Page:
offered them sanctuary in Clewiston, Florida, where he worked for the city.
During the two years Thomas and I were without our
mother, things went south. My grandpa became quite violent. We were often physically beaten with a variety of objects including extension cords. No one had a clue what was going on at
At about age 13, my mom returned to retrieve Thomas
and I. This is when I began seeing just how severe my mom's addiction was. School was no longer a priority for me. I began flunking out and experimenting with cocaine. By 15 years old, I was addicted
to cocaine. To support my habit, I began stealing. Getting high was my attempt to drown the hopelessness and despair I felt inside.
After frequent run ins with the law, I was forced to
complete a treatment program at the Eckert Youth Development Center. While in placement my biological brother, Ernest, drowned to death. Anger at my inability to affect the outside world bubbled to
the surface. This led to many anger related conflicts in placement.
I eventually completed the program and moved back
with my mom and brother Thomas, who was now distributing drugs. As I tried to better myself, I found employment with World Wide Riders. It was a travelling carnival and I worked full time. Following
my employer, I went to Virginia and became homeless after a conflict over my pay.
Soon I met a man named Mike who let me stay with
him. That's when life began its slow spiral downward. While distributing marijuana, I sold to a Confidential Informant on three separate occasions. I was convicted and received 3 years, 33 months
suspended. I moved to Florida upon release.
In 2002 I caught a possession charge for cocaine
while on probation. They extradited me back to Virginia where I was violated and received every bit of time suspended. After nearly three years, I was released o February of 2005, on Valentines Day.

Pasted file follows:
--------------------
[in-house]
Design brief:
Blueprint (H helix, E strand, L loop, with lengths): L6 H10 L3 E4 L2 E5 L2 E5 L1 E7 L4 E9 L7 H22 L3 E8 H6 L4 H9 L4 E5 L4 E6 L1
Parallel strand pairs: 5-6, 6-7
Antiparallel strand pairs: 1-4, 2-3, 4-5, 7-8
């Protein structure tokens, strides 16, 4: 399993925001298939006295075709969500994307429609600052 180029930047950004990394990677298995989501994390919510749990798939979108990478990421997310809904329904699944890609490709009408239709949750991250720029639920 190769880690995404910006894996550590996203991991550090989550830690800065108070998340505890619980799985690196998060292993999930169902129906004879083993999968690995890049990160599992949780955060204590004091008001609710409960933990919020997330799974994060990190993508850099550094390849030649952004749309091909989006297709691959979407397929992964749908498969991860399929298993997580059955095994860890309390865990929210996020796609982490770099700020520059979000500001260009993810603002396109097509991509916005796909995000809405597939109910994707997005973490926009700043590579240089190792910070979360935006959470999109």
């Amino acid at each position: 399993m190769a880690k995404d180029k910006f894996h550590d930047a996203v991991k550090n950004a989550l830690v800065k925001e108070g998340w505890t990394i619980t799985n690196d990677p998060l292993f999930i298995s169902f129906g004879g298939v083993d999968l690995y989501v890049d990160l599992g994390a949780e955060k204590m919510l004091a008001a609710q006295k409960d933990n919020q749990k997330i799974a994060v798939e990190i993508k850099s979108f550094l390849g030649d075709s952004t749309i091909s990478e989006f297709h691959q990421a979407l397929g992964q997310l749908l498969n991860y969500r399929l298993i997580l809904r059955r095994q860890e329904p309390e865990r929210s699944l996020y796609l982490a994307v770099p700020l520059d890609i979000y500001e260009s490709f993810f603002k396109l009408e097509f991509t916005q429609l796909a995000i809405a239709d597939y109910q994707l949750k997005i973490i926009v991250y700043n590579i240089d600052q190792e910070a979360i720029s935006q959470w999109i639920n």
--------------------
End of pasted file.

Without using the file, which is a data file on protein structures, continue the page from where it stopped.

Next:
I moved to Richmond, Virginia. For about a year all the trouble I had was a traffic ticket. At age 26 I moved back to Florida.
Later in 2006 I returned to Virginia, where I was
convicted for having cocaine again and received 7 months' time served in county jail. Shortly after, I moved to Henrica, Virginia, where I received an embezzlement charge relating to credit card
fraud. Ten months later I was finished with my time for those charges.
In 2008 I returned to Florida. In Immokalee I began
attending GED classes in an effort to better my life. Soon I felt like I was stuck in place. So, in June 2009, I went to Preston, Maryland where I met my son's mother.
A year later in 2010, I caught a possession with the
intent to distribute charge, as well as 3 counts of forgery, all in less than a year. I was released in 2012 and completed parole in 2014. I returned shortly to Florida, and in 2015 back to
On August 31st, 2015, I left for Sioux Falls, South Dakota. Upon arrival I again got into trouble and was incarcerated. The "NOW" phase of my life is
at the Mike Durfee State Prison.
We are never outside the watchful
care of our heavenly Father.